In Uncategorized on 12/27/2016 at 15:00

Back on 3/24/16 I said “I have no doubt STJ Leyden will give the taxpayers a fair shake in Tax Court.” See my blogpost “Straight from the Sidewalks of New York,” 3/24/16.

Well, making an offer of proof in support thereof, I give you Jack Dewain Burke, Docket No. 27301-15S, filed 12/27/16, an off-the-bencher, with IRS represented by a law student (under supervision, of course). Welcome to the real world, kid.

JD is “… a disabled veteran with physical and mental disabilities. These physical disabilities included a recurring hernia in his groin, spinal disease and damage, and full body osteoarthritis, which caused painful joints in his knees and pain in his back.” Order, at p. 6 (transcript).

JD also has ADD for which he is taking medication that contains amphetamines.

His employer Home Depot (remind me not to shop there and to discourage anyone I know from shopping there; I cannot well describe their management in a blog meant for family reading), to whom he had made full disclosure on first being hired,  fired him for failing a drug test after reassigning him from a job he could handle well to one he couldn’t, although they did increase his pay even after a bad report.

He told them that the drug was prescribed, but they refused to allow him a defense.

He sued. His lawyer amended the first complaint (how, JD doesn’t know, and he doesn’t have complaint number one).

Home Depot settled. JD’s lawyer told him he didn’t need to pay tax on the settlement, but IRS did.

Judge Di goes through the “what did they really settle, not what did they say they settled” catalogue.

“The payor’s intent can be ‘based on all the facts and  circumstances of the case, including the complaint that was filed and the details surrounding the litigation.’ See, e.g., Allum v. Commissioner, T.C  Memo. 2005-177, 2005 Tax Ct. Memo LEXIS 178, at *15, aff’d 231 Fed. Appx. 550 (9th Cir. 2007). Under California law, which governs the interpretation of petitioner’s settlement agreement with Home Depot, we must consider all credible evidence to determine whether the language of the agreement is fairly susceptible of more than on [sic] interpretation. If it is, we must consider extrinsic evidence relevant to prove which of these meanings reflects the intent of the contracting parties.” Order, at p. 16. (Transcript; Citation omitted).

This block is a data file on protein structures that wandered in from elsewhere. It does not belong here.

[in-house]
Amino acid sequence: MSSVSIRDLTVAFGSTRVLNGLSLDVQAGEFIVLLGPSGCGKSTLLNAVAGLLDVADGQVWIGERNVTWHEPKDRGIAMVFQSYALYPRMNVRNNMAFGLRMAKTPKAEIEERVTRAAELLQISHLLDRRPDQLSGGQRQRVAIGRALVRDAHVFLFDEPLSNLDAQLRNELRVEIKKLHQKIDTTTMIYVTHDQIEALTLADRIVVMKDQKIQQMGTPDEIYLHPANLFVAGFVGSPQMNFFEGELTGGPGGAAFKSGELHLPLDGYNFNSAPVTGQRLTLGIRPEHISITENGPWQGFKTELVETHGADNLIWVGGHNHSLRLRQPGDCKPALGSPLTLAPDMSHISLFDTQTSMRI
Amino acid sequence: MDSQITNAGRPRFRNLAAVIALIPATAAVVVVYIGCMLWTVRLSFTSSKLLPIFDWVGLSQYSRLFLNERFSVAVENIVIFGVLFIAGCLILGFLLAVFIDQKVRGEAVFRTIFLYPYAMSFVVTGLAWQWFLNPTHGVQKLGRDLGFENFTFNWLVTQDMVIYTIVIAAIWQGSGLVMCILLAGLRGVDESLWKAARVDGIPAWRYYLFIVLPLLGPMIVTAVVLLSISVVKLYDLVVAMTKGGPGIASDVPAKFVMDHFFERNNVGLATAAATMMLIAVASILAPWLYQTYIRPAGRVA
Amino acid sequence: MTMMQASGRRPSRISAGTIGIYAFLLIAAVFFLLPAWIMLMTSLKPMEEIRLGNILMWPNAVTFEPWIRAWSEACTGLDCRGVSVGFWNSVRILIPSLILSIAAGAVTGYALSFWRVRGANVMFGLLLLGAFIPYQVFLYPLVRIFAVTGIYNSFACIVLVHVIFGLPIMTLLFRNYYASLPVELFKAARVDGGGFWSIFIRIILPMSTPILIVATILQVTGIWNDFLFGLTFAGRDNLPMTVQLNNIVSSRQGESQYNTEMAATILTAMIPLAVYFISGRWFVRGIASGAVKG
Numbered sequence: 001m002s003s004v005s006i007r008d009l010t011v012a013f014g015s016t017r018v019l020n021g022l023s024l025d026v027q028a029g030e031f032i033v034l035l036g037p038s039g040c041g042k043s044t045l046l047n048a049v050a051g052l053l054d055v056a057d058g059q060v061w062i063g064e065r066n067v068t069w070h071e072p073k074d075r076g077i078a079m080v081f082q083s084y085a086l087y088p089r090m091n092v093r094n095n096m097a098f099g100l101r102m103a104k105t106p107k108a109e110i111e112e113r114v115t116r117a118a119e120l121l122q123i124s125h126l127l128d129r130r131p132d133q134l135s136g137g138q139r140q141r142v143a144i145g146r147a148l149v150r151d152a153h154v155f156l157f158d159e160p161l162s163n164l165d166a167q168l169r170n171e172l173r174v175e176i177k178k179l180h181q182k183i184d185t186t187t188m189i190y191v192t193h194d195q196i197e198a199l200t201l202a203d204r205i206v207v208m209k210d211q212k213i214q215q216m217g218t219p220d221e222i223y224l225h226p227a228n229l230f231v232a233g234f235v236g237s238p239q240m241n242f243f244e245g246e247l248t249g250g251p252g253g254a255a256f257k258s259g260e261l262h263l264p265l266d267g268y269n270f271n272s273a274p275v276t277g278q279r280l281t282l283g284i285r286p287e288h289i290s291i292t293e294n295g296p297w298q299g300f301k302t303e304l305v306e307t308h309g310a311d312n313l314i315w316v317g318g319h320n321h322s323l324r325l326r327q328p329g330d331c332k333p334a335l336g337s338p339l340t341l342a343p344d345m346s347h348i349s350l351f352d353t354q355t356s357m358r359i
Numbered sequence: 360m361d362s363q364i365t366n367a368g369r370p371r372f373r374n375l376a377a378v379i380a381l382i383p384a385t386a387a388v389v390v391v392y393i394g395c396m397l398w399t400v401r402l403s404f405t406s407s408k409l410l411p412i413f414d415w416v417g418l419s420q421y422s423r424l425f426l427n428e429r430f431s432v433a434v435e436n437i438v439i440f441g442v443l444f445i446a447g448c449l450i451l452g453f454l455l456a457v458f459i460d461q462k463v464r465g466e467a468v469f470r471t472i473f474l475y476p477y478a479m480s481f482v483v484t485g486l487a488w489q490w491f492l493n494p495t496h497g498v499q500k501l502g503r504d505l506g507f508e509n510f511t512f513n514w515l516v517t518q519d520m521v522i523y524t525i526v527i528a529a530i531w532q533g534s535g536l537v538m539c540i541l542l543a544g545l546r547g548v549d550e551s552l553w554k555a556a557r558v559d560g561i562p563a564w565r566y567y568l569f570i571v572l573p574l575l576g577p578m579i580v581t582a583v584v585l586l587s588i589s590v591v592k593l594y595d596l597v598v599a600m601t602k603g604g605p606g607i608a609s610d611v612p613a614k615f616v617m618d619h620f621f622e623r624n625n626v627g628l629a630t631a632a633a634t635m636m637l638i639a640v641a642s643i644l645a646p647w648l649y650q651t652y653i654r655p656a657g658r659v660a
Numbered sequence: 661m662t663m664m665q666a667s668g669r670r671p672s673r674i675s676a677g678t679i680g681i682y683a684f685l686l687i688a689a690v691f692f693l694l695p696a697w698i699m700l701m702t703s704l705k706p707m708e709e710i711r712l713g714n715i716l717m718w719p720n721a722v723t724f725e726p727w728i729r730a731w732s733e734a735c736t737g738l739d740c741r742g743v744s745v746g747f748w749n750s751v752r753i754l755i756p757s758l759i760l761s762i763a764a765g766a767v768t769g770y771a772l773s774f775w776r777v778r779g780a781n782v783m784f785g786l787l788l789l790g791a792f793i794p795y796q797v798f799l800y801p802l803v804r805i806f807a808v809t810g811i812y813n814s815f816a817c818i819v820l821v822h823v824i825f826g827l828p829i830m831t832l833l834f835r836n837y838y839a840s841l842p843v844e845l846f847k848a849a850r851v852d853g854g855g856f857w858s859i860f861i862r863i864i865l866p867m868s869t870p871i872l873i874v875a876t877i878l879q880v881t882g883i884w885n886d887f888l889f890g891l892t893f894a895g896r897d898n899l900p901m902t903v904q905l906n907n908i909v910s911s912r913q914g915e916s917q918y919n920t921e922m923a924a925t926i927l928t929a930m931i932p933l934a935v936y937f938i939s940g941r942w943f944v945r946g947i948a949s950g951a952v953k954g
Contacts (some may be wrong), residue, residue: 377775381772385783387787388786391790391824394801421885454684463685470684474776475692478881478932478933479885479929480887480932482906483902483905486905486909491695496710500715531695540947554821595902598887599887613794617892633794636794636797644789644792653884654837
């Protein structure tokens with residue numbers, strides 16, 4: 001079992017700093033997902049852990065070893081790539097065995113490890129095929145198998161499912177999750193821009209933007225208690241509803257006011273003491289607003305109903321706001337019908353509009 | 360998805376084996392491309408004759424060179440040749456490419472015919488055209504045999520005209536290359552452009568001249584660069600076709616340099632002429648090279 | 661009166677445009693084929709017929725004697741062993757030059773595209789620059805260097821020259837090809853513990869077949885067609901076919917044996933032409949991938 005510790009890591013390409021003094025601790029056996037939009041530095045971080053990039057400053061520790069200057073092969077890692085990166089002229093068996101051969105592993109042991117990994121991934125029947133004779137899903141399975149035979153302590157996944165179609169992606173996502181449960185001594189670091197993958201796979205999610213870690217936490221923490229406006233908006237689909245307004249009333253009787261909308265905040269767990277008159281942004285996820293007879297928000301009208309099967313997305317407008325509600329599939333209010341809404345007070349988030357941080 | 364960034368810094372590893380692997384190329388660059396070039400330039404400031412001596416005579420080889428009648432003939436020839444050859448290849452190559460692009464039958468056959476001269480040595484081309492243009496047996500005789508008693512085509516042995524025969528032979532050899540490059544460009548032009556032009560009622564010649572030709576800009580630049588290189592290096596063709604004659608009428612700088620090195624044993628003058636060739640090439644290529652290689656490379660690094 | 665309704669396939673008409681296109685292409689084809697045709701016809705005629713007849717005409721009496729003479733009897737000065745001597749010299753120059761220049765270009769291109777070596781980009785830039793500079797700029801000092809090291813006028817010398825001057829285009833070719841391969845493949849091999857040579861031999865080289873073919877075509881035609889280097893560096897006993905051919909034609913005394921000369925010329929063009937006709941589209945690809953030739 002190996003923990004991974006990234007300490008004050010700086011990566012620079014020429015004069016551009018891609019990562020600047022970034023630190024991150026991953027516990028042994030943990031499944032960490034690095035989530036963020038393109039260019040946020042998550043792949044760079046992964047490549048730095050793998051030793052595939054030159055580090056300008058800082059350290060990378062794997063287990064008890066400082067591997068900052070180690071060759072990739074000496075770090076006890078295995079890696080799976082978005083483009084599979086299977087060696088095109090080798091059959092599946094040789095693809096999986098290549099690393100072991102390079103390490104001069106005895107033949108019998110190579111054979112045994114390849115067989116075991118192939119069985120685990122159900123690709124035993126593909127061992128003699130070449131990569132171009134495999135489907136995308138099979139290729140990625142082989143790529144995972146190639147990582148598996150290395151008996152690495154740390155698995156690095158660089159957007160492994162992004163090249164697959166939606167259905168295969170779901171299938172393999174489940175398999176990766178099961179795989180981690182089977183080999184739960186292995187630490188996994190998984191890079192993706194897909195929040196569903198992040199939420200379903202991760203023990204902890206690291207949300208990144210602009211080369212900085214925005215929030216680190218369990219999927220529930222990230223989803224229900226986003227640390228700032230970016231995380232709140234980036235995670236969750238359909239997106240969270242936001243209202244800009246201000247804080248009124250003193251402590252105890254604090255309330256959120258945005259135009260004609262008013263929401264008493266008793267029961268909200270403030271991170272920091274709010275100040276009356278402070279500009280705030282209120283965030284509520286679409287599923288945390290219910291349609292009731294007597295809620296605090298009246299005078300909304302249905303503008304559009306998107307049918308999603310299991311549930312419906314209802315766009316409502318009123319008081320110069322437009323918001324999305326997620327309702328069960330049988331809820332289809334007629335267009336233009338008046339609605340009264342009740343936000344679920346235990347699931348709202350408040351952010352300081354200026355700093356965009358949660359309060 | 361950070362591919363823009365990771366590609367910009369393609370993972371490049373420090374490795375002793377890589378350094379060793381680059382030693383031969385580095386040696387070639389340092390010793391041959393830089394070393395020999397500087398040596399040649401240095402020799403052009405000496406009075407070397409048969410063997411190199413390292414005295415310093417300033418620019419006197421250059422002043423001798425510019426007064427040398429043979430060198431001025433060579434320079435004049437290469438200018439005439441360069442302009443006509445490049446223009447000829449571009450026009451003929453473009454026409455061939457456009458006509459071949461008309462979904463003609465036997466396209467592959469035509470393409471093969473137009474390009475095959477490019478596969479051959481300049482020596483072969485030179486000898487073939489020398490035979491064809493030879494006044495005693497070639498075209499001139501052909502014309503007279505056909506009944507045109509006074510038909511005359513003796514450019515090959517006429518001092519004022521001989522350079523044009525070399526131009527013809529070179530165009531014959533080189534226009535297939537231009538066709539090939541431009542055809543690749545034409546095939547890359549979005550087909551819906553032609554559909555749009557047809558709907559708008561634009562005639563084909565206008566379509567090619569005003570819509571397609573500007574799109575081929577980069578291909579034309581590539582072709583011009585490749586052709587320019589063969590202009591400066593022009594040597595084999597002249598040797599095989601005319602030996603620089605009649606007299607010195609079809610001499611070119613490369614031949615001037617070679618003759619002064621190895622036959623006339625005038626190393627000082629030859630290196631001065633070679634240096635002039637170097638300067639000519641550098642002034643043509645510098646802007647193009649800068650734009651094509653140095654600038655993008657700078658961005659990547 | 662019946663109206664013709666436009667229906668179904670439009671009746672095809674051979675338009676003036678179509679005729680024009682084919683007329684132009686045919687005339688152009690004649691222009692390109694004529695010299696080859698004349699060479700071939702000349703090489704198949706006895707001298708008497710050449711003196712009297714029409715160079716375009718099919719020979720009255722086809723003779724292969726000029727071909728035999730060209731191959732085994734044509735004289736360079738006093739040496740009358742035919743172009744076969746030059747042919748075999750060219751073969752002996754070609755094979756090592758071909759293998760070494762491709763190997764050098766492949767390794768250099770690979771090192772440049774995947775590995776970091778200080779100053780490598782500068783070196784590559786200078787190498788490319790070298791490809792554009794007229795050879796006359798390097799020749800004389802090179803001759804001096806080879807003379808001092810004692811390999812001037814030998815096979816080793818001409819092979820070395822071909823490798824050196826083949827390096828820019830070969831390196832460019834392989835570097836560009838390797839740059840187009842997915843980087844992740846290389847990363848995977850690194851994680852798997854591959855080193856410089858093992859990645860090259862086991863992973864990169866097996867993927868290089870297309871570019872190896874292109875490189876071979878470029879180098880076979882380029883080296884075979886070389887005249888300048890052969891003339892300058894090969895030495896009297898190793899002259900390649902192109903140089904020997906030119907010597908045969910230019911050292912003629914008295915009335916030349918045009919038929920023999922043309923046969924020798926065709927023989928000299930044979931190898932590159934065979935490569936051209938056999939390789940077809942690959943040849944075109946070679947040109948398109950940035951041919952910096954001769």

Now any lawyer who can’t find an ambiguity should find another job, and Judge Di is on the case.

So let’s look at the settlement. There was a modest amount of lost wages, and JD paid tax on that. There were attorneys’ fees, and those get a Section 62(a)(20) above-the-line writeoff, as JD’s attorney pleaded the right kind of discrimination. Those aren’t excludable, but are deductible without phaseout or AMIT.

But in a neat piece of judicial cherrypicking, Judge Di gives JD a well-deserved break.

“Of the 11 causes of action, the last one was for punitive damages. Awards for punitive damages are not excludable from gross income under Section 104(a)(2). Of the remaining ten causes of action, six of them expressly refer to petitioner’s physical injuries or sickness and indicate that petitioner would be seeking damages for medical care by physicians, surgeons, and other health care advisors. Accordingly, the Court concludes that six-tenths of the $31,500 of the settlement payment, or $18,900, is excludable from petitioner’s gross income for 2013 under Section 104(a)(2).” Order, at pp. 18-19. (Transcript).

Plaintiffs’ attorneys, go and do thou likewise. Only you really shouldn’t give tax advice. Just send the client to Judge Di, the veterans’ friend.

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